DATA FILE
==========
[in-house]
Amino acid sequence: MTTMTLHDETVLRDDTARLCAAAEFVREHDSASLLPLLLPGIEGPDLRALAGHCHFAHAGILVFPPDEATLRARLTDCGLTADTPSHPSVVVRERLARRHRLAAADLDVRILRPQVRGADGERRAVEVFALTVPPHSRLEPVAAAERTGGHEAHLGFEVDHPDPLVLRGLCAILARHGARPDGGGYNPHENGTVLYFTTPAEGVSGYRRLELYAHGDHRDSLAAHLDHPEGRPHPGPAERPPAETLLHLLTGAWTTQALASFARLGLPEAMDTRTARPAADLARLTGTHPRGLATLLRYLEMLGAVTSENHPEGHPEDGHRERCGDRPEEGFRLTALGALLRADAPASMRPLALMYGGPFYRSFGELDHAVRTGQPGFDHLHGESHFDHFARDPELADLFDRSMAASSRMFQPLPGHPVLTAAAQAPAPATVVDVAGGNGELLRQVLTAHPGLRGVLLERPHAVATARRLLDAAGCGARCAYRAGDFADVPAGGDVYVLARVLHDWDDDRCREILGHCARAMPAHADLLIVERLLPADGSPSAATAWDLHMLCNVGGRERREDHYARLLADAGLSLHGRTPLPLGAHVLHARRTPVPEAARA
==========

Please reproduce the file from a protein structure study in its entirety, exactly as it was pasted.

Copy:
[in-house]
Amino acid sequence: MTTMTLHDETVLRDDTARLCAAAEFVREHDSASLLPLLLPGIEGPDLRALAGHCHFAHAGILVFPPDEATLRARLTDCGLTADTPSHPSVVVRERLARRHRLAAADLDVRILRPQVRGADGERRAVEVFALTVPPHSRLEPVAAAERTGGHEAHLGFEVDHPDPLVLRGLCAILARHGARPDGGGYNPHENGTVLYFTTPAEGVSGYRRLELYAHGDHRDSLAAHLDHPEGRPHPGPAERPPAETLLHLLTGAWTTQALASFARLGLPEAMDTRTARPAADLARLTGTHPRGLATLLRYLEMLGAVTSENHPEGHPEDGHRERCGDRPEEGFRLTALGALLRADAPASMRPLALMYGGPFYRSFGELDHAVRTGQPGFDHLHGESHFDHFARDPELADLFDRSMAASSRMFQPLPGHPVLTAAAQAPAPATVVDVAGGNGELLRQVLTAHPGLRGVLLERPHAVATARRLLDAAGCGARCAYRAGDFADVPAGGDVYVLARVLHDWDDDRCREILGHCARAMPAHADLLIVERLLPADGSPSAATAWDLHMLCNVGGRERREDHYARLLADAGLSLHGRTPLPLGAHVLHARRTPVPEAARA